Caution | Outdoor water restrictions in effect

Stage 3 outdoor water restrictions are in effect. Learn more about how City services are impacted and what you can do during this stage.

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The prairies are one of the most significant wetland areas in North America and Calgary is home to thousands of those prairie wetlands. Due to the presence of water, wetlands are a rich source of biodiversity. However, today it is estimated that 90 percent of the pre-settlement wetlands in Calgary have been lost to development.

Why we need wetlands

Healthy wetlands slow water flow during flood peaks, hold water during droughts and replenish water in the atmosphere through evaporation. They also provide valuable habitat for a diverse range of plants and animals. More than 250 species of birds use the Inglewood Bird Sanctuary as a resting place during spring and fall migration, and over 46 species of birds have been identified during initial vegetation assessment at Ralph Klein Park.

Wetland vegetation also helps purify the water before it recharges local water tables, eliminating more than 90 per cent of phosphorus and water-borne pathogens. But nitrates from lawn fertilizer and phosphates from cleaning products that wash into storm sewers can reduce wetland vigour by promoting excessive algae growth that chokes out wetland vegetation. Preventing nutrient run-off will help wetlands purify our water.

Learn more in Calgary's Wetlands - At Work For You.

Constructed wetlands

Ralph Klein Park

The Shepard Wetland at Ralph Klein Park was constructed as part of the stormwater quality retrofit program to help solve a stormwater management issue for the east side of Calgary. In the past, stormwater from east Calgary was being discharged into the Western Headworks Canal (part of the Western Irrigation District’s irrigation system). Concerns over the quality of water entering this system led to Alberta Environment and the City jointly investigating and implementing a plan to manage stormwater within this 6,000 hectare area.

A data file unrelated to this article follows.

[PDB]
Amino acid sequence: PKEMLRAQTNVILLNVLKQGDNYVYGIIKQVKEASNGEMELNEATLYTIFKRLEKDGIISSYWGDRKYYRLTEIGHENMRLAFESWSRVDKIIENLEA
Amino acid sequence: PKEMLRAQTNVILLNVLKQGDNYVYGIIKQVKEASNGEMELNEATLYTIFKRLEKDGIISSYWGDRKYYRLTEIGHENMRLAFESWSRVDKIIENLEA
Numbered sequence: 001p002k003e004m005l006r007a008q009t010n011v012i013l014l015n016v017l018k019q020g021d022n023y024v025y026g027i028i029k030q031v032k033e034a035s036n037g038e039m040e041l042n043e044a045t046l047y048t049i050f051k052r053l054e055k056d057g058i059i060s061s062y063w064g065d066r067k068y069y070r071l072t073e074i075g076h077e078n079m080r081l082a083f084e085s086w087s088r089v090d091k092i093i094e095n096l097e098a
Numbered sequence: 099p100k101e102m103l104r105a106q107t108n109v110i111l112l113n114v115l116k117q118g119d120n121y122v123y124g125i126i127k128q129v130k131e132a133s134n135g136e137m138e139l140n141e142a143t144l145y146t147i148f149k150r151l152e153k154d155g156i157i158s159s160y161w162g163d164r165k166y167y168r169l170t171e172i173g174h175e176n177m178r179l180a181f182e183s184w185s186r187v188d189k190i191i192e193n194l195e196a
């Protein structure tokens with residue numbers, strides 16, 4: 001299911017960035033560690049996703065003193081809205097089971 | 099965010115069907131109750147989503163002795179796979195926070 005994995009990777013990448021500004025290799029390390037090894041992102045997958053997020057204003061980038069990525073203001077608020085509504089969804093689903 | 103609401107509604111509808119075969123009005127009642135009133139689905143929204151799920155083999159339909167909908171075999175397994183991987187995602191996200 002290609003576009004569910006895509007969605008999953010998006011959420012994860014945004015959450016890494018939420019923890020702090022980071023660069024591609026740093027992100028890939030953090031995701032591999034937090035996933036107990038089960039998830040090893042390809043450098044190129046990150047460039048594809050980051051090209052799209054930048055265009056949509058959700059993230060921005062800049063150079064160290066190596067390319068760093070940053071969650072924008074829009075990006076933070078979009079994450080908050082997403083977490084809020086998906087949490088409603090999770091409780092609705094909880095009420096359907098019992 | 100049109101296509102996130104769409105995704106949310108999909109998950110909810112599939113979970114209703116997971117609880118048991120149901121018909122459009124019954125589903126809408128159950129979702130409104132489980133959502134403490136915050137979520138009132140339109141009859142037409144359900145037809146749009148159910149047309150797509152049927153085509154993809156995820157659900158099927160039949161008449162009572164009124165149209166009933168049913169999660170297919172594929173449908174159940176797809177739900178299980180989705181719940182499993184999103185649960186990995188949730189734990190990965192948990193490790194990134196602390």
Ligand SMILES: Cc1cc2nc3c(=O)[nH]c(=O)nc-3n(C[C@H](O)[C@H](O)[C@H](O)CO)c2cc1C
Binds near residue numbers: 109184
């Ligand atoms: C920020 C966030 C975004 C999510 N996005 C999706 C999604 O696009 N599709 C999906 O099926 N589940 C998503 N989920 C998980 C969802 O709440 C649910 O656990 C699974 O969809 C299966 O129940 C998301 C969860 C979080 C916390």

This wetland functions as both a stormwater storage facility and a treatment wetland that naturally filters stormwater, improving the quality of stormwater before it is discharged south to the Bow River. At 156 hectares (385 acres), it is the largest constructed stormwater treatment wetland in Canada.

The wetland can store over 6 million cubic meters of water. This means it has enough capacity to handle a 1 in 100 year flood. A flood of this type will fill the wetland, making it look more like a lake (in any given year there is a 1% chance that this type of flood event may occur).

How this wetland works

A diversion channel intercepts water from the Western Headworks Canal during major rain events, channelling it 4 km south to the wetland at Ralph Klein Park. The stormwater enters the wetland in the NW corner of the park where it flows into two large forebays. This is where the initial cleaning process begins; the sediment (dirt) and heavy materials slowly sink to the bottom at this stage in the process.

The water is then dispersed into five wetland cells. Through the growth and decay of plants within the wetland cells, in combination with the micro-organisms associated with each of them, nutrients and pollutants are removed from the water.

In each cell there are several berms that create a longer flow path for the water, which aids in the cleaning process. Each treatment cell is designed to operate under base flow conditions of approximately 30 cm (1 foot) of water depth. Water depth can be up to 3 metres during a severe storm event, which submerges the internal berms, but the water remains contained by perimeter dykes and existing land forms. Once the water has travelled through these cells, it is then released into a common discharge bay that empties into a ditch that leads south to the Bow River, 10 km away.

Typically, it requires 2 – 3 years for wetland plants and vegetation to establish and the wetland to function as intended. Ongoing vegetation assessments have been an opportunity for The City to gain more knowledge regarding wetland maintenance and monitoring. Over 46 species of birds have been identified during initial vegetation assessment at Ralph Klein Park, which is a positive indicator of wetland health.

About Calgary's Wetland Conservation Plan

Wetlands may be protected as Environmental Reserve through the Municipal Government Act (MGA), or through provincial legislation through the Water Act and Public Lands Act, but although these mechanisms may be used for wetland protection, they do not ensure that all wetlands are protected.

That’s why City Council approved the Wetland Conservation Plan in 2004, making Calgary one of the first municipalities in Canada to adopt a wetland protection policy that provides procedures for the protection of our priority urban wetlands.

For more information, contact The City of Calgary Parks.​​​​